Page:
No one can predict the future, but you can be prepared
It's popular to be extreme. Nuance is complicated. It takes time, thought and patience. The extreme is, in many ways, the easier option in thinking about the past, the present and the future. Yet, paradoxically, both extremism and nuance persist and grow in this world. And that's exactly the point Designit's Global Future Lab Director, Lasse Underbjerg, is making with his work on preparing for the future. What lies ahead are continuous dualities: opposing forces that forge the future.
But what exactly is a duality? The dictionary defines duality as an instance of opposition or contrast between two aspects of something. What this means in the context of thinking about the future is that however you think about or of the future, it can't be thought of as one-dimensional or heading only in one direction. Instead, like human beings, the future is multi-dimensional, formed by almost infinite tensions.
But people like to put things into boxes to understand them better. It's a simple, compelling categorisation. Good and bad. Us and them. Man and woman. The simplified, binary thinking sees the world as black and white. But duality is not either-or; it's both. And as both sides of a tension develop simultaneously, a whole spectrum of possible futures is revealed. And ways of being. No one can predict the future, but you can be prepared.
Accepting that there's not one future but many different directions deeply transform the way one can - and should - advise on future strategy. It's a mindset change for a sector that has often positioned itself as all-knowing and able to predict the future with rather certain terms. Instead, the concept of duality is more dynamic. Dualities are lenses through which you can understand the tensions arising in a complex and uncertain world. They're enablers – a framework that can help people and organisations explore and shape strategies for potential futures.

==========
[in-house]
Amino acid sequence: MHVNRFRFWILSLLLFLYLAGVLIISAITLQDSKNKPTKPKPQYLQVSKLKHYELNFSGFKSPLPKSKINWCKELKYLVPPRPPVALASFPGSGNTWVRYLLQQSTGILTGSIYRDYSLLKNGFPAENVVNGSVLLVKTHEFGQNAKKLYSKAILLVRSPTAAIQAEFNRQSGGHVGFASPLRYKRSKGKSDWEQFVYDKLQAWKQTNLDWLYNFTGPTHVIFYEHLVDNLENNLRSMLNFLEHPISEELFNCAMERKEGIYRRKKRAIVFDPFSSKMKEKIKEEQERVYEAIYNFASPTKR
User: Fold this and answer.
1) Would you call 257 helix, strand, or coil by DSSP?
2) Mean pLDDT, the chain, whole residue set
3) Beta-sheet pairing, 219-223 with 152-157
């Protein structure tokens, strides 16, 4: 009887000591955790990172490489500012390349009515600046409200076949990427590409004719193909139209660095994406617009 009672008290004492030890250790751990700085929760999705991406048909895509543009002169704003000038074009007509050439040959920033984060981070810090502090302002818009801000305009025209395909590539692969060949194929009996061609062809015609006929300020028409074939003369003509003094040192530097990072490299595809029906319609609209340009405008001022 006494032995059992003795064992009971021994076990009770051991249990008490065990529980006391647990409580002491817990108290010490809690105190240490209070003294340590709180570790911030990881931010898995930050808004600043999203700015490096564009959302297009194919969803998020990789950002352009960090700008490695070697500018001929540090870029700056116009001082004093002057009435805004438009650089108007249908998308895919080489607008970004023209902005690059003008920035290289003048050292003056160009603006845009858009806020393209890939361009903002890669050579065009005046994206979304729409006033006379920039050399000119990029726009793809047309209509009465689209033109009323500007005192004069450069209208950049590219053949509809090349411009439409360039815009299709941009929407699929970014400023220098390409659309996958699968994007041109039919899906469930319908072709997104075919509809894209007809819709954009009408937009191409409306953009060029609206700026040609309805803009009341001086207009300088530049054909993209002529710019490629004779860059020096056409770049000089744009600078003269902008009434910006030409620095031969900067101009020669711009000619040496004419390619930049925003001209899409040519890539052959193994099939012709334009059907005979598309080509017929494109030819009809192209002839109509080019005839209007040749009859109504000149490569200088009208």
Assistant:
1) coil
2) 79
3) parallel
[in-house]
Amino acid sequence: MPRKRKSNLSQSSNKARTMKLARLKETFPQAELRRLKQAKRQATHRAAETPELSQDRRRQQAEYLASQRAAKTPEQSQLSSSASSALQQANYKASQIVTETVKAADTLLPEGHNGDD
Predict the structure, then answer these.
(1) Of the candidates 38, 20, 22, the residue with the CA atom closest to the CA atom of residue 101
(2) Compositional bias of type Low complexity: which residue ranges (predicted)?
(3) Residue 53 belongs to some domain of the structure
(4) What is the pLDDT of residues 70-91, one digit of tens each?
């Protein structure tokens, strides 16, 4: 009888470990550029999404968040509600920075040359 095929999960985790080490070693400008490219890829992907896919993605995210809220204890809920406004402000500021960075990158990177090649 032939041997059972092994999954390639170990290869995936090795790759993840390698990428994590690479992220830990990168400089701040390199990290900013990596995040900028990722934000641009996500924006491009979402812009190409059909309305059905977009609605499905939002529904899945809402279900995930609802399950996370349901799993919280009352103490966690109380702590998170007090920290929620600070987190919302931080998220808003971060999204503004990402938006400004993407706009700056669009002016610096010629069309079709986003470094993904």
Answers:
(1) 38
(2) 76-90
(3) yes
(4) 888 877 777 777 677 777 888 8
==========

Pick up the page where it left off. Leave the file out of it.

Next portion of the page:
If this seems 'vague', that's only because it's a new way of approaching uncertainty, one that accepts it exists. But it's not baseless - the concept of dualities is underpinned and continues to be fed by a huge amount of qualitative interviews and quantitive data. This data is what led Lasse and his team in their journey toward identifying the most relevant current tensions to be taken into account in preparing for the future: Slow- Fast, Convenience - Consideration, Serendipity - Automation, Independence - Community, and lastly, Distribution - Centralisation.
These dualities embrace a multitude of possibilities in an explorative way; for every action, there's an equal and opposite reaction. Like there are two sides to every coin, the future is a dance between dualities with nuances to discover.
To envision the concept of dualities as something that can be used strategically in plans for the future, Lasse and his team developed The Futures Generator. The generator is a tool that can show you multiple futures, one concrete prototype at the time. By incorporating AI, it explores that there's not just one direction forward, but rather many different — sometimes contradictory — directions happening all at once, dependent on where your focus might lie.
Want to give it a try? Go on. The results may surprise you.
Interested in giving the futures of your business some more thought? We’d love to chat. Get in touch.